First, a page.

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Portrait of Fielding Hudson Garrison
Graces NLM Reading Room

By Carol Clausen

For the past 35 years, the only visible presence of Fielding Hudson Garrison (1870-1935) in the National Library of Medicine has been the faint outline of his face, incised on the wall of the Bldg. 38 lobby, alongside the images of his colleagues John Shaw Billings and Robert Fletcher. Portraits of Billings, the founder of the library, and his assistant Fletcher, hang in NLM's main reading room. Now, a painting of Garrison, newly refurbished and hung in the History of Medicine reading room, accords him the prominence that his many contributions deserve.

Fielding H. Garrison

Garrison joined the staff of the Library of the Surgeon General's Office (the predecessor of NLM) as a clerk in 1891 and remained for almost 40 years. He earned an M.D. degree from Georgetown University in 1893, taking courses at night, and was promoted to assistant librarian in 1899. He became principal assistant librarian, a position that made him second to the library's director ("The Librarian") in 1912, and was thereafter frequently called upon to serve as acting librarian. With Billings and Fletcher, he helped produce the first series of the Index Catalogue of the Library of the Surgeon General's Office. Later he became coeditor and then editor of Index Medicus, a duty he performed until the end of his career. His contributions to these landmark publications helped ensure their excellence and established the library as the leader in providing control and access to biomedical literature.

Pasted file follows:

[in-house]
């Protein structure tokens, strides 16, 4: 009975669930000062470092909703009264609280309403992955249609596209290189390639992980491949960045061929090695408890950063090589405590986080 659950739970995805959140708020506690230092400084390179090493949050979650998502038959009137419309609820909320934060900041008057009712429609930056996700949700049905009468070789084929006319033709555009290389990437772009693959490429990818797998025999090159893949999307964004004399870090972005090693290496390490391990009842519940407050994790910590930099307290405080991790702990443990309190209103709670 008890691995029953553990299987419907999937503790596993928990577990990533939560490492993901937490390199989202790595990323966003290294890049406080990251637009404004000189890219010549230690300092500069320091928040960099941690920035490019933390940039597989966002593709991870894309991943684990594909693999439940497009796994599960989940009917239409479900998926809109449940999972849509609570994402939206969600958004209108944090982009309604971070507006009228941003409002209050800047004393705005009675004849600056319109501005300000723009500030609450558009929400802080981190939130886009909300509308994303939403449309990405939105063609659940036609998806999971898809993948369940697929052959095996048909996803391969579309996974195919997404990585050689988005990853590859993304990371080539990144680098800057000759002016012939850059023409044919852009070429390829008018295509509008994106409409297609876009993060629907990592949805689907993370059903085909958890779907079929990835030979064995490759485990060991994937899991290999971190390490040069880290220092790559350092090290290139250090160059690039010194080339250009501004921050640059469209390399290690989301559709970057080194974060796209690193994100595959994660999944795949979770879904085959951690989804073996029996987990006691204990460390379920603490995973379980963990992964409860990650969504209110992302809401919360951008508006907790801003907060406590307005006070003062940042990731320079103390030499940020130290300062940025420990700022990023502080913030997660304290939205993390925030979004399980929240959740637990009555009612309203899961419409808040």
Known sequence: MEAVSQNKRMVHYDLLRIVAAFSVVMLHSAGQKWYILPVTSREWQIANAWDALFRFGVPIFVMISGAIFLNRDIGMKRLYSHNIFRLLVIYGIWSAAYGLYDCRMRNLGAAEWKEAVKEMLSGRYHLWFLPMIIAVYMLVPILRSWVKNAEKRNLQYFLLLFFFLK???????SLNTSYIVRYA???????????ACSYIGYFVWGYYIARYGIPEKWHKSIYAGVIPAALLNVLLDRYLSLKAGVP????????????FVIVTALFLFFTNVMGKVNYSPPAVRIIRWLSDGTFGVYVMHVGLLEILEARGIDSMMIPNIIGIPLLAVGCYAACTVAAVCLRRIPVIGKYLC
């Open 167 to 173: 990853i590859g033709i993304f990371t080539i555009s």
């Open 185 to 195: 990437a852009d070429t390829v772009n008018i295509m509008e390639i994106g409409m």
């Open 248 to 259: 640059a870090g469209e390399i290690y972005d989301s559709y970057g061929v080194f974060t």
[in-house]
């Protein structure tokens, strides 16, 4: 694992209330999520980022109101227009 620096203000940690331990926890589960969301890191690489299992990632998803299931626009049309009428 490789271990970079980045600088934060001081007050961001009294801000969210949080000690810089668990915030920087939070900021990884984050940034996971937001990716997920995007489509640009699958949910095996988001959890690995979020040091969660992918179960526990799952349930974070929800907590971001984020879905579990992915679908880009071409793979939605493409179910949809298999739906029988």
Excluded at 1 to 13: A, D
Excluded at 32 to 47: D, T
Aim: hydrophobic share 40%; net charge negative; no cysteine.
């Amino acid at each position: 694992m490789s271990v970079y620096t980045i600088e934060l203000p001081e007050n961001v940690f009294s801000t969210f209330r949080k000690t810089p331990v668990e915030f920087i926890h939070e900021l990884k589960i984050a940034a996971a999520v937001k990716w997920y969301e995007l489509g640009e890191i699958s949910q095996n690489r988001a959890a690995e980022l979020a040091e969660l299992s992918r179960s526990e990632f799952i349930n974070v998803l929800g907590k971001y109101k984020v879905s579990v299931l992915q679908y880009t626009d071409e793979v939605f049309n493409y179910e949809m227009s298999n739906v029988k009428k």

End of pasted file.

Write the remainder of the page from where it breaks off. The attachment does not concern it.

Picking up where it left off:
Garrison was an avid student of the history of medicine and was recognized as the preeminent American authority in this field. In 1911, he published in JAMA a list of classic medical publications, the byproduct of research he had done for an exhibit of significant books, pamphlets and articles in the library's collection. This checklist of milestones in the development of medicine from ancient times to the 20th century was revised and greatly expanded by Garrison in 1933 and later by others. Now in its fifth edition, the bibliography, commonly known as "Garrison & Morton," remains a standard reference work in medical history. Garrison also published, in 1913, An Introduction to the History of Medicine, which had gone through four editions by 1929 and is still a highly respected and widely used text. It is particularly fitting that Garrison now presides over the History of Medicine reading room, where he casts an informed and benevolent eye upon present-day researchers in medical history.

The portrait, painted by Franklin B. Clark in 1937, shows Garrison in early middle age, wearing the uniform of a lieutenant colonel in the Army Medical Department. The painting was done from a photograph; Garrison had died 2 years earlier at age 64.

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